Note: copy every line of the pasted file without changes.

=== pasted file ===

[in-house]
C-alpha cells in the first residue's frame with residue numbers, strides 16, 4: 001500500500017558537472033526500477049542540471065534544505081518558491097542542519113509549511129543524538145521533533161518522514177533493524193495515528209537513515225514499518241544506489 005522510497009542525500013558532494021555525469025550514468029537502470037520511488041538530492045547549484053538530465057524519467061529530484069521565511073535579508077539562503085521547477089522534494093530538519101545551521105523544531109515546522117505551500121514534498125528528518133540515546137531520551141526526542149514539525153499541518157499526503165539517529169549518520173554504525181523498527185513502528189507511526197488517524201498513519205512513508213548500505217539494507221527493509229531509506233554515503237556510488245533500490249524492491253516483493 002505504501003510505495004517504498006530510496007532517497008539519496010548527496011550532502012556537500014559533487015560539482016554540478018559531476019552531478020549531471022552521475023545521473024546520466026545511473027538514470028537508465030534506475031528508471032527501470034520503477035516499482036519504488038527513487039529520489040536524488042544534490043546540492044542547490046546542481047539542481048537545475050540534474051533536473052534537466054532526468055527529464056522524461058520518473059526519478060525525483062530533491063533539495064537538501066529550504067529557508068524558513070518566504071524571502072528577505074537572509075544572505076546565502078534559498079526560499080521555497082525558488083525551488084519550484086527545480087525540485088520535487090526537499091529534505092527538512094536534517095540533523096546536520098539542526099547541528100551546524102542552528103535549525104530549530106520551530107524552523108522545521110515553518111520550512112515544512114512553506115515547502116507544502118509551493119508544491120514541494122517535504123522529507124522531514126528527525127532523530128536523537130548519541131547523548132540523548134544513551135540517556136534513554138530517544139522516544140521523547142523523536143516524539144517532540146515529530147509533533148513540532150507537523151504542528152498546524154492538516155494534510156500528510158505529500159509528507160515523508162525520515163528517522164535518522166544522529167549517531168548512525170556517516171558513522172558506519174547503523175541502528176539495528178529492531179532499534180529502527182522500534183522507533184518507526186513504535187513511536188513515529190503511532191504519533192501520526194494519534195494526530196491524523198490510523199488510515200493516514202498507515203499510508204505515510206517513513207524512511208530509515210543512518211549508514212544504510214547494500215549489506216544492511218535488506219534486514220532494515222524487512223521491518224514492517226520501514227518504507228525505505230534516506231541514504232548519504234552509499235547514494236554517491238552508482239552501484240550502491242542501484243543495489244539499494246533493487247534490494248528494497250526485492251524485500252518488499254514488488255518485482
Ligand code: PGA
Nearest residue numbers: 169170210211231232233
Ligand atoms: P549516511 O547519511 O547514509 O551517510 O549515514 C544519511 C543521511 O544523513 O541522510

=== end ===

[in-house]
C-alpha cells in the first residue's frame with residue numbers, strides 16, 4: 001500500500017558537472033526500477049542540471065534544505081518558491097542542519113509549511129543524538145521533533161518522514177533493524193495515528209537513515225514499518241544506489 005522510497009542525500013558532494021555525469025550514468029537502470037520511488041538530492045547549484053538530465057524519467061529530484069521565511073535579508077539562503085521547477089522534494093530538519101545551521105523544531109515546522117505551500121514534498125528528518133540515546137531520551141526526542149514539525153499541518157499526503165539517529169549518520173554504525181523498527185513502528189507511526197488517524201498513519205512513508213548500505217539494507221527493509229531509506233554515503237556510488245533500490249524492491253516483493 002505504501003510505495004517504498006530510496007532517497008539519496010548527496011550532502012556537500014559533487015560539482016554540478018559531476019552531478020549531471022552521475023545521473024546520466026545511473027538514470028537508465030534506475031528508471032527501470034520503477035516499482036519504488038527513487039529520489040536524488042544534490043546540492044542547490046546542481047539542481048537545475050540534474051533536473052534537466054532526468055527529464056522524461058520518473059526519478060525525483062530533491063533539495064537538501066529550504067529557508068524558513070518566504071524571502072528577505074537572509075544572505076546565502078534559498079526560499080521555497082525558488083525551488084519550484086527545480087525540485088520535487090526537499091529534505092527538512094536534517095540533523096546536520098539542526099547541528100551546524102542552528103535549525104530549530106520551530107524552523108522545521110515553518111520550512112515544512114512553506115515547502116507544502118509551493119508544491120514541494122517535504123522529507124522531514126528527525127532523530128536523537130548519541131547523548132540523548134544513551135540517556136534513554138530517544139522516544140521523547142523523536143516524539144517532540146515529530147509533533148513540532150507537523151504542528152498546524154492538516155494534510156500528510158505529500159509528507160515523508162525520515163528517522164535518522166544522529167549517531168548512525170556517516171558513522172558506519174547503523175541502528176539495528178529492531179532499534180529502527182522500534183522507533184518507526186513504535187513511536188513515529190503511532191504519533192501520526194494519534195494526530196491524523198490510523199488510515200493516514202498507515203499510508204505515510206517513513207524512511208530509515210543512518211549508514212544504510214547494500215549489506216544492511218535488506219534486514220532494515222524487512223521491518224514492517226520501514227518504507228525505505230534516506231541514504232548519504234552509499235547514494236554517491238552508482239552501484240550502491242542501484243543495489244539499494246533493487247534490494248528494497250526485492251524485500252518488499254514488488255518485482
Ligand code: PGA
Nearest residue numbers: 169170210211231232233
Ligand atoms: P549516511 O547519511 O547514509 O551517510 O549515514 C544519511 C543521511 O544523513 O541522510